from:  Vis
Posted on: Sep 11, 2013 at 14:05 IST

As a practising wildlife biologist, working to promote human-wildlife coexistence
in landscapes with carnivores and large wildlife species, I would like to state that the culling (euphemism for killing) nilgai is premature, misguided, and
inappropriate. It seems shameful that the State Government takes recourse to this when we have many better options including deploying wildlife early-warning
systems, implementing compensation and insurance schemes to offset crop
losses, and use a scientific understanding of the real type, magnitude, and
locations of conflict to implement targeted mitigation measures.
Monitoring with pug marks and Google are not the "scientific method" for carnivore studies. Empty claims of "huge losses" and "rogue antelopes" are not a basis for the action chosen. If we really want lasting solutions that have a rational, scientific basis, then we need to look beyond the likes of Mr Khan and trigger-happy bureaucrats who like to shoot off their guns and mouths.

from:  T R Shankar Raman
Posted on: Sep 11, 2013 at 13:19 IST

I was dismayed to read this news report and I think someone (Maneka
Gandhi, are you listening?) should file cases against Nawab Shafath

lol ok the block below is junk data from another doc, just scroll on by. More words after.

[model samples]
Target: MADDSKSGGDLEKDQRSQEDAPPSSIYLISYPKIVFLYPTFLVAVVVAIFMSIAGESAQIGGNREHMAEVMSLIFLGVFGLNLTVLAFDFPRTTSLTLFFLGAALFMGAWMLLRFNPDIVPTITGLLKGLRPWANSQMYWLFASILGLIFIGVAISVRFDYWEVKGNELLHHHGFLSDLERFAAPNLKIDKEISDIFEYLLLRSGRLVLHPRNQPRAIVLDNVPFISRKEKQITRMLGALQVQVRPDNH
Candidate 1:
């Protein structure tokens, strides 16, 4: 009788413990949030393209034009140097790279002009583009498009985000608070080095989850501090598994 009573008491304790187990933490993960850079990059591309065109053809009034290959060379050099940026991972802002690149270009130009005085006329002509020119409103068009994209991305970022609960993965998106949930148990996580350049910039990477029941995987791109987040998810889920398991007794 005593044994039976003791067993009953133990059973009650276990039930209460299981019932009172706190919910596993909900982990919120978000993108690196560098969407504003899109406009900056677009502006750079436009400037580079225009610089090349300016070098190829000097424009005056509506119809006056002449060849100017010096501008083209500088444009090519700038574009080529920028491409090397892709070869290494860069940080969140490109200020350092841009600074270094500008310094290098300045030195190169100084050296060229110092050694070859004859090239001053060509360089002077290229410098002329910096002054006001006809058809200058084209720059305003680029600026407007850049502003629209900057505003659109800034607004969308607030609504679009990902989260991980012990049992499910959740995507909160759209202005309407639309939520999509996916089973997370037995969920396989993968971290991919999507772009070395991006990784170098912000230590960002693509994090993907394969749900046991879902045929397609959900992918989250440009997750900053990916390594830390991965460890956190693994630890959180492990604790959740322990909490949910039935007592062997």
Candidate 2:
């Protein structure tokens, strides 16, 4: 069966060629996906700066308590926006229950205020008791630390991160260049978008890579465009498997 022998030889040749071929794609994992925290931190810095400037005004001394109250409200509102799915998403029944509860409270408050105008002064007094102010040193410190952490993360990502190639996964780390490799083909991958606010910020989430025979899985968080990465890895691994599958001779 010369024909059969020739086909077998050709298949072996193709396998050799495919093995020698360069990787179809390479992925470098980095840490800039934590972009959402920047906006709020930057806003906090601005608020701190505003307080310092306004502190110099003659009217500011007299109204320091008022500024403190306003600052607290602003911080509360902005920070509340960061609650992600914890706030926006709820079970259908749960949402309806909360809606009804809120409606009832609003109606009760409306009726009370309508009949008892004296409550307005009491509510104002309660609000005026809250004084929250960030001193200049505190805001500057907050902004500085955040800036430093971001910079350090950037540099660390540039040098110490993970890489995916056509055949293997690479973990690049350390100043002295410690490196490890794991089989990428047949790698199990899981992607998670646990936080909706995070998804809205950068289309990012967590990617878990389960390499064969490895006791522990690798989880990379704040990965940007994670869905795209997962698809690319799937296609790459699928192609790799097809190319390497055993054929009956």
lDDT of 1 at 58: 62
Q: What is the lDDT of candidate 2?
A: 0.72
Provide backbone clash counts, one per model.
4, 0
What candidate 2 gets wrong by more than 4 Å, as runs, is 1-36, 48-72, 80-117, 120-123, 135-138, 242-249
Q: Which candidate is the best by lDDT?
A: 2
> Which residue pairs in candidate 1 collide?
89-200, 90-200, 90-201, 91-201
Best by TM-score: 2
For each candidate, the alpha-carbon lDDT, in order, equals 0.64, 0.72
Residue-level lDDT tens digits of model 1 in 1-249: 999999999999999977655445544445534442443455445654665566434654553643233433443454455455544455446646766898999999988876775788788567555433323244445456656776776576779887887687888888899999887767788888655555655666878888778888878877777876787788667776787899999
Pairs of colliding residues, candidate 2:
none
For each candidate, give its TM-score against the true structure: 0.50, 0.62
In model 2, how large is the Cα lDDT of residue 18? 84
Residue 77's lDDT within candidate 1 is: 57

Ali Khan and the State Governments considering the pertinent Acts.

There are reports that the leopards and cats he killed may have not
been the man-eaters as claimed and that the Forest Department was only
happy to have him kill them to assuage people's sentiments.

Killing these ruminants is a short-sighted strategy, which a trigger-
happy Nawab is only happy to indulge in. What next? Is he going to go
around killing Chital, Gaur, wild boar and bears across the country to
protect farmer's fields?
Time, someone stopped this menace by taking him and the Forest
Departments of these states to court.

from:  Sharad
Posted on: Sep 11, 2013 at 12:07 IST

someone please put an halt to this stupidity of culling wild animals. Why on earth can't these nilgai be captured and relocated to animal sanctuaries across the country...why kill them, WHY??
Also, stop addressing Shafath Ali as Nawab, India is now a free country, been like that for 67 years.

from:  Sridhar Reddy
Posted on: Sep 11, 2013 at 12:01 IST